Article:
The Climate Change Crisis – “Covering Climate Now” Can Shape The Public Dialogue – And Influence Outcomes
Posted on December 3, 2019 by Hank Boerner – Chair & Chief Strategist#Uncategorized
November 7 2019
Another in the About the Climate Change Crisis series
By Hank Boerner – Chair & Chief Strategist, G&A Institute
The increasing tempo of the public dialogue on “climate change” issues in the United States reflects in some ways the divide in public opinion on critical issues facing the American public, government, business, the financial sector.
Is the Climate changing? Yes and No. Are humans causing the changes? Yes and No. Do we need to take action now? Yes, No, Maybe.
Should we all be very worried about the survival of humanity? The planet?
Yes and No. As novelist Kurt Vonnegut would say — And so it goes.
The United States of America participated in the historic 2015 Paris (“COP 21”) meetings and signed on to the Paris Agreement (or Accord) along with almost 200 other nations, with President Barack Obama becoming a signatory in 2016.
The Paris Agreement was “official” for the U.S. (and the world) in November 2016 (as the family of nations formalized their commitment and involvement).
In September 2016 by presidential action President Obama had presented the necessary documents to the U.N. General Secretary Ban Ki-moon for U.S. participation.
The People’s Republic of China also presented the documents, a collaboration negotiated by President Obama.
These steps by Barack Obama avoided presenting what amounted to an international treaty agreement to the U.S. Senate for ratification, as required by the U.S. Constitution – Article II-Section 2 – the advice and consent of the Senate is necessary for the President to make treaties.
Such approval for an international treaty assuredly would not happen in today’s contentious political environment. Even if not joining the other nations and tackling climate issues as an organized effort (the Federal Government might mean prevention of catastrophic damage to our nation.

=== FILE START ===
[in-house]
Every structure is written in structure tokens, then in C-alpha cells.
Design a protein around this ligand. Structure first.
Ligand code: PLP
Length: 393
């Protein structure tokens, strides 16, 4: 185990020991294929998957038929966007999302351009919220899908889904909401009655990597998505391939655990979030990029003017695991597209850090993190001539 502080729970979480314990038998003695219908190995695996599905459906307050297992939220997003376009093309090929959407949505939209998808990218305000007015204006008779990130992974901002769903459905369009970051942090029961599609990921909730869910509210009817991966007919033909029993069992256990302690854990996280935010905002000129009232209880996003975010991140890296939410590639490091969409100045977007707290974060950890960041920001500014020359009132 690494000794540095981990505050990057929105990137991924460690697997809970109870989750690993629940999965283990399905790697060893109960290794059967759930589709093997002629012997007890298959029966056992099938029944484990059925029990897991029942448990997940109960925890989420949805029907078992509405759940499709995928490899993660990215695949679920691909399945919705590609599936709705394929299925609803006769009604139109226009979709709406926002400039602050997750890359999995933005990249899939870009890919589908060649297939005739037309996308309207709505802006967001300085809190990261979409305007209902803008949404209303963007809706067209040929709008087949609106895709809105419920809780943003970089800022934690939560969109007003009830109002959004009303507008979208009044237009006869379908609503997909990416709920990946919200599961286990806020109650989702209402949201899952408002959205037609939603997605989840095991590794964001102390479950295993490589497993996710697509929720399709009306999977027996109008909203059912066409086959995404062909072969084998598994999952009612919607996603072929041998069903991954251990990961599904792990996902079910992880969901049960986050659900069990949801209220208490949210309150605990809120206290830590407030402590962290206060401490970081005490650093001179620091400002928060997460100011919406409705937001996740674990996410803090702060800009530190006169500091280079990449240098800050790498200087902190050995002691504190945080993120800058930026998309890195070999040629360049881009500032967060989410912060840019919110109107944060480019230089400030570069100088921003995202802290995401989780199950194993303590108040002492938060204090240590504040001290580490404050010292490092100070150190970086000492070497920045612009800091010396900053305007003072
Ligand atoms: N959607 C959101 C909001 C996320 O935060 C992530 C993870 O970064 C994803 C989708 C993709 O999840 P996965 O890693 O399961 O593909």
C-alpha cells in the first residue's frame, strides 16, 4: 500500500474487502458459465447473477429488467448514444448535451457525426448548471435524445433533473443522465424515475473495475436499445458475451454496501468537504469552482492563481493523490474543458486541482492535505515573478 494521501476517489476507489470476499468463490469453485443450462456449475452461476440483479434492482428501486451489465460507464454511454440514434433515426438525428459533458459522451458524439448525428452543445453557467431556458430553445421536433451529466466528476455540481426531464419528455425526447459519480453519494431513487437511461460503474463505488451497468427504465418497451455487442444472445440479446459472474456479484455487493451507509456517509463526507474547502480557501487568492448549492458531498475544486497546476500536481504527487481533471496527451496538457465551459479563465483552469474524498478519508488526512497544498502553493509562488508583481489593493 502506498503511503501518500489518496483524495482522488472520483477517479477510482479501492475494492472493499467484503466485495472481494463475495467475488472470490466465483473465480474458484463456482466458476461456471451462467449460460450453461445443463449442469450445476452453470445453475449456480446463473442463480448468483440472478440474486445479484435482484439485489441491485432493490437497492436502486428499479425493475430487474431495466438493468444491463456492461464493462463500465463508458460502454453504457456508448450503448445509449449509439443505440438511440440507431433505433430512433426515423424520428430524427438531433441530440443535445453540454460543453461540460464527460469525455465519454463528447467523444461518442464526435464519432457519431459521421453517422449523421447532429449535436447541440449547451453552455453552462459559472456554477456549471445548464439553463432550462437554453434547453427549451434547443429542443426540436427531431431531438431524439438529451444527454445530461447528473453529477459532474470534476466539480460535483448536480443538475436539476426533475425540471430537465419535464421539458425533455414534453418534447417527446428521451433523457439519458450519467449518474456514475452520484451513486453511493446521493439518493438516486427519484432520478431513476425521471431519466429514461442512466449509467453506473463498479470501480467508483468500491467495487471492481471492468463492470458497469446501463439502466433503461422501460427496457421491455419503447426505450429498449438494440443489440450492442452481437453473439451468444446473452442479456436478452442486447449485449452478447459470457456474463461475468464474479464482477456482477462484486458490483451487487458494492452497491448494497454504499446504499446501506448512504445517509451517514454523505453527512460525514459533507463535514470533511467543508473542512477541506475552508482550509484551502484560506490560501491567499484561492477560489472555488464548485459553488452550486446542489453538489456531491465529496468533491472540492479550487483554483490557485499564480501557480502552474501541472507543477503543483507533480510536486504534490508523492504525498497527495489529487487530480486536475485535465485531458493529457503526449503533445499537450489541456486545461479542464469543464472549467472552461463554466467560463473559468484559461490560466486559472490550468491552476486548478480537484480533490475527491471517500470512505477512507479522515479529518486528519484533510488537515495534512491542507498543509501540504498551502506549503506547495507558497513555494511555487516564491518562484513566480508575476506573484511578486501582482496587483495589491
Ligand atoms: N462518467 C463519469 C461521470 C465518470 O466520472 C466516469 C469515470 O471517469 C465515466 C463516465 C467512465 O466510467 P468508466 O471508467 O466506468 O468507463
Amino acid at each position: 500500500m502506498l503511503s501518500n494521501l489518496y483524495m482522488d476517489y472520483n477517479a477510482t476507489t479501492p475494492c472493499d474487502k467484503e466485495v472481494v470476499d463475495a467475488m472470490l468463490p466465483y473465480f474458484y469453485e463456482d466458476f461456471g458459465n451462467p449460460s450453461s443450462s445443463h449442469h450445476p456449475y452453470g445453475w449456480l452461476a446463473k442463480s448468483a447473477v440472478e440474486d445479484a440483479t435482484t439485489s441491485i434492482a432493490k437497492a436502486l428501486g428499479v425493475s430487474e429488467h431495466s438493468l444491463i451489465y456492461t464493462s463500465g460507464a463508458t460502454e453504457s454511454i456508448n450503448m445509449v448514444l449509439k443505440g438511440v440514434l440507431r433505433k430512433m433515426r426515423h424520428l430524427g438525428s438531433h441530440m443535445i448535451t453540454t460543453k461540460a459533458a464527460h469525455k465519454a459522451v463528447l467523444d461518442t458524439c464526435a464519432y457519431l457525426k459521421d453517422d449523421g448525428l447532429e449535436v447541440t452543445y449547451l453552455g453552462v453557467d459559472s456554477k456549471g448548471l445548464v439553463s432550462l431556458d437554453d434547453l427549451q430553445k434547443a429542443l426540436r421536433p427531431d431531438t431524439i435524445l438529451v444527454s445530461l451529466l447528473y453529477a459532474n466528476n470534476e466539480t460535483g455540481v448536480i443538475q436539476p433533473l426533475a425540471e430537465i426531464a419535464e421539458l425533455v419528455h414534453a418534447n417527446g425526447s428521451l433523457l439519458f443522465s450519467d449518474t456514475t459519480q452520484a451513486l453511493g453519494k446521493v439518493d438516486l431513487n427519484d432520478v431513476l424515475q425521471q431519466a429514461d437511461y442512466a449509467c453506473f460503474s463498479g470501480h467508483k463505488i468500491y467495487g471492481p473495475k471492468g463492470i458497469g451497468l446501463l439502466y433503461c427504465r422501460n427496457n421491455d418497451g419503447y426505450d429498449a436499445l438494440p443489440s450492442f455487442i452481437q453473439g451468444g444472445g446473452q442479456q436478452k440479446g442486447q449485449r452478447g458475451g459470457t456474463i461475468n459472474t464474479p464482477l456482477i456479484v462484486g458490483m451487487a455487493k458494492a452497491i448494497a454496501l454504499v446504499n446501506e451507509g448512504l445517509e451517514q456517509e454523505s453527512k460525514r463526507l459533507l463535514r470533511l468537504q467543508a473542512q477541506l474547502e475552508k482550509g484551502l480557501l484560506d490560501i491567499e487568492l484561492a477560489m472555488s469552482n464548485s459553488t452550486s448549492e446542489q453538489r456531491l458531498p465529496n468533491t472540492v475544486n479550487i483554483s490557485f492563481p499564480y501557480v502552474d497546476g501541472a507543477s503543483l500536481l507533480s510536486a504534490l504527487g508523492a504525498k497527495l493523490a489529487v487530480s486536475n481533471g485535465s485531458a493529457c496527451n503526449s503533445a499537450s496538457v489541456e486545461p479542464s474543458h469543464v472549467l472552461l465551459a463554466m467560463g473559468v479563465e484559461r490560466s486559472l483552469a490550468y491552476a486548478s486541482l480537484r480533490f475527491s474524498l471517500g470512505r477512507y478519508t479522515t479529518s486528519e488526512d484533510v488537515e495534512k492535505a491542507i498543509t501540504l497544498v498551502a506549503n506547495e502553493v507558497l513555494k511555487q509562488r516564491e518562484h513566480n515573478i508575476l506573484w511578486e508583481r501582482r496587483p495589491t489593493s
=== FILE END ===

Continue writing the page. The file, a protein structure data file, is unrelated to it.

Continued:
Such is the yes/no politics today, even considering the massive threats posed by the changing climate.
The U.S. also contributed US$3 billion to the Green Climate Fund by President Obama’s orders.
And so by similar executive actions, his successor in the Oval Office, President Donald Trump in March 2017 with swipe of his pen (actually a Sharpie®) informally signaled the start of the complex and lengthy process of removing the U.S. from the historic Paris Agreement to limit the damage of global warming.
By his side: EPA Administrator Scott Pruitt (since gone from the environmental agency).
The backdrop: reliable scientific reports that 2016 was the warmest year on record to date!
And credible scientists telling us that we have a decade at most to get control of climate change issues!
So What Did New the U.S.A. Leader Do?
President Trump on November 4, 2019 officially notified the international community – and specifically the United Nations – that the process of withdrawal was beginning next fall and would be complete one year from now — the day before Election Day 2020.
Donald Trump before being elected declared among other things that climate change was a Chinese hoax. (One of his positioning comments on the subject: “The concept of global warming was created by and for the Chinese in order to make U.S. manufacturing non-competitive” – November 6, 2012 tweet.)